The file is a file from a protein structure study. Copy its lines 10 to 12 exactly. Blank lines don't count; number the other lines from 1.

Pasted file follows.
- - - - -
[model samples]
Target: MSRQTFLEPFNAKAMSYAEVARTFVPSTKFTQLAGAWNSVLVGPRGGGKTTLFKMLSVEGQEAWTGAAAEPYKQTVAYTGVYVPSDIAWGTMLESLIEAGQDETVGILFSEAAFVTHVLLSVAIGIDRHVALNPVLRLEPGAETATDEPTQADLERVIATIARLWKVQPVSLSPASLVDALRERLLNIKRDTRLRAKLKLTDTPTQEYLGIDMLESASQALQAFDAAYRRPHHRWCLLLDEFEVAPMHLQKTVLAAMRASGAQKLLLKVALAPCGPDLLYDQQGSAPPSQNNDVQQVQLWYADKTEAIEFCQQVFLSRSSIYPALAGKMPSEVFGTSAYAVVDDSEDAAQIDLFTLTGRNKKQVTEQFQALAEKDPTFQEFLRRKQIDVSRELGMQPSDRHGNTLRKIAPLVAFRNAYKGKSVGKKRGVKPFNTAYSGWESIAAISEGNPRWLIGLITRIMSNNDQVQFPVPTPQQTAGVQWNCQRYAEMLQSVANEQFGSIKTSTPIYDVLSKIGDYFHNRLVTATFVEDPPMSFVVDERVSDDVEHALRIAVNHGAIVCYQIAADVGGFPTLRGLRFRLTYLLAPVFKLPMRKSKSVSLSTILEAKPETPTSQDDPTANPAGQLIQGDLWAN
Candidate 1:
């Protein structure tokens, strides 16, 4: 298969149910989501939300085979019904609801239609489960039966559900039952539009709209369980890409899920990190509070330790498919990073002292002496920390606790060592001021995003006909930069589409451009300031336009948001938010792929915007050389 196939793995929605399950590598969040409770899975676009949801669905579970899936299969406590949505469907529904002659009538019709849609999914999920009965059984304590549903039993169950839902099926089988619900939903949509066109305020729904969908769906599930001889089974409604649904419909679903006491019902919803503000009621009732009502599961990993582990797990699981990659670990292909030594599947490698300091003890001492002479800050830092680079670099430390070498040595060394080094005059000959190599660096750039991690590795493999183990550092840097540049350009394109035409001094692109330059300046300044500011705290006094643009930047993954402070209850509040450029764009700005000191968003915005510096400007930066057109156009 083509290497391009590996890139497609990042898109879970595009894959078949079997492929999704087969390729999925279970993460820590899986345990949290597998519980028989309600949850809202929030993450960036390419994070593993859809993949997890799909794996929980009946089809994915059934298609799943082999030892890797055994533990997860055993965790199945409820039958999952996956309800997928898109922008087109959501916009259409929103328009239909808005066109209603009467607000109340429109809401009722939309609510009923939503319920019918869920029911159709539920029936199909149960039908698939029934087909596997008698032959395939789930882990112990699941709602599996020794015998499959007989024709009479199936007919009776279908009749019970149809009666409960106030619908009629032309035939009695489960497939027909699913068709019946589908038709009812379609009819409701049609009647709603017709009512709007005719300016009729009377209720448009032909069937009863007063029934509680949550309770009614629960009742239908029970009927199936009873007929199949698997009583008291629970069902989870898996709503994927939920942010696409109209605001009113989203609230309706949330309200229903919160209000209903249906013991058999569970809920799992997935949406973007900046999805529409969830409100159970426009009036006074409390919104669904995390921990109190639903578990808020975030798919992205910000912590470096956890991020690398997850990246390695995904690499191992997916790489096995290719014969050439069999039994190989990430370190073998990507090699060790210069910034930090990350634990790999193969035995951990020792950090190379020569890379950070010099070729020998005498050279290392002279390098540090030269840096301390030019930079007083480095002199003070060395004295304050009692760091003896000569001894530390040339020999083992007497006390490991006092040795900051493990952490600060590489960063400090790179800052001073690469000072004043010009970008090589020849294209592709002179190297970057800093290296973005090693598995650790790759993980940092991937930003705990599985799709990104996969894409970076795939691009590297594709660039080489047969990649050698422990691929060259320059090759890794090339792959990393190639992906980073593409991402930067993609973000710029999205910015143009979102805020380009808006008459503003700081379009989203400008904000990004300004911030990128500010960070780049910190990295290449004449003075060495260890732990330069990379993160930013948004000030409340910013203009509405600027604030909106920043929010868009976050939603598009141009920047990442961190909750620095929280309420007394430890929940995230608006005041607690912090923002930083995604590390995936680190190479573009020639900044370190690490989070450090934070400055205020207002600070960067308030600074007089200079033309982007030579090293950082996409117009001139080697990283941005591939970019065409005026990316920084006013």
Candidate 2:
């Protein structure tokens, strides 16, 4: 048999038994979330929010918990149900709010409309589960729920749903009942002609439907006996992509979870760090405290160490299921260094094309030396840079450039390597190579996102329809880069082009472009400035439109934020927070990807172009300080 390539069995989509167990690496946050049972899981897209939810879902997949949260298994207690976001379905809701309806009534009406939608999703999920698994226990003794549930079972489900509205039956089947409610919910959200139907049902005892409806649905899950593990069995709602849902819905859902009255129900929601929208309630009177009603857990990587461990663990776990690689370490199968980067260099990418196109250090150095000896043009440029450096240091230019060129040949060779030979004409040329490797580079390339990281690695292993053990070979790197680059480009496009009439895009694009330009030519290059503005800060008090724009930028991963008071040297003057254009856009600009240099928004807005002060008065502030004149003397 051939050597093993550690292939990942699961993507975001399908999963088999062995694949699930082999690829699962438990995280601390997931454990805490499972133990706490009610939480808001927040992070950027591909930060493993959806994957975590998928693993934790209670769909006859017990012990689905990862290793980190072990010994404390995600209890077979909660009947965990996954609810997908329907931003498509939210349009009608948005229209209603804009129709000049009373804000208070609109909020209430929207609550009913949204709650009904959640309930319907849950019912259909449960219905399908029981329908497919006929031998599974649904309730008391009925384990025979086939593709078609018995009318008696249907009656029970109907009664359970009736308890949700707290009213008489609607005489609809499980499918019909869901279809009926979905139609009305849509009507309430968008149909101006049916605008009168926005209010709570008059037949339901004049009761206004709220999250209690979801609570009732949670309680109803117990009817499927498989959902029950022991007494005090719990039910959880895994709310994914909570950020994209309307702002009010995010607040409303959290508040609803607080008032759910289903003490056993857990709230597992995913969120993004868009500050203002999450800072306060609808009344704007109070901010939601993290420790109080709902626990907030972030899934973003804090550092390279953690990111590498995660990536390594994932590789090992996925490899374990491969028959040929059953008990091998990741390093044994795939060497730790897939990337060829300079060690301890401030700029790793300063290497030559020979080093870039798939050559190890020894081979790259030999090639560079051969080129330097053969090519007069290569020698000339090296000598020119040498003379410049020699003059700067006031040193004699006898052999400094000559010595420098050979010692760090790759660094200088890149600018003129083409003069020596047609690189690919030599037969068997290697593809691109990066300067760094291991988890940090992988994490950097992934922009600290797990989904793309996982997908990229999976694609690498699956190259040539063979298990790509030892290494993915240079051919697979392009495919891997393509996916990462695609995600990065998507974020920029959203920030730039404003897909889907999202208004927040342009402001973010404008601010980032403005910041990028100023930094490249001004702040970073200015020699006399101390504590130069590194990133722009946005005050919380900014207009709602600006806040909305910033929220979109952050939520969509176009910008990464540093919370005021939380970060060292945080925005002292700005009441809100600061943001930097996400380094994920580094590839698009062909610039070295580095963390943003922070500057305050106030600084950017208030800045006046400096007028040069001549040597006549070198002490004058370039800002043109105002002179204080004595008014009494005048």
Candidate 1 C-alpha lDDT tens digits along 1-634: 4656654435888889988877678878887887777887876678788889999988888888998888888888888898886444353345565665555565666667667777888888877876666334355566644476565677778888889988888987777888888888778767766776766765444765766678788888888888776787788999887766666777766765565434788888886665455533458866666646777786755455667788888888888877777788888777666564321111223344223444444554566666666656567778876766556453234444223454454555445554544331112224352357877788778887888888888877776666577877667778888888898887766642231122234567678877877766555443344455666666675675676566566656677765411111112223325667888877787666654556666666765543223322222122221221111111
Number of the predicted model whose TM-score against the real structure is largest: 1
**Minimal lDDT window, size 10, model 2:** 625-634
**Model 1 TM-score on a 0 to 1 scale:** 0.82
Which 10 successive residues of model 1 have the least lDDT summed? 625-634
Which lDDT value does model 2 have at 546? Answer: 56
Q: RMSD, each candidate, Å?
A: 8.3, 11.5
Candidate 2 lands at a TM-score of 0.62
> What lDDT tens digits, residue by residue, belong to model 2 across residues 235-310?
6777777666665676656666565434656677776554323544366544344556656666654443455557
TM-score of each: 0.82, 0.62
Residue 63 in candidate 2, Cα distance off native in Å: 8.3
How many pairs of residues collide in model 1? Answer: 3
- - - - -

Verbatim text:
**Model 1 TM-score on a 0 to 1 scale:** 0.82
Which 10 successive residues of model 1 have the least lDDT summed? 625-634
Which lDDT value does model 2 have at 546? Answer: 56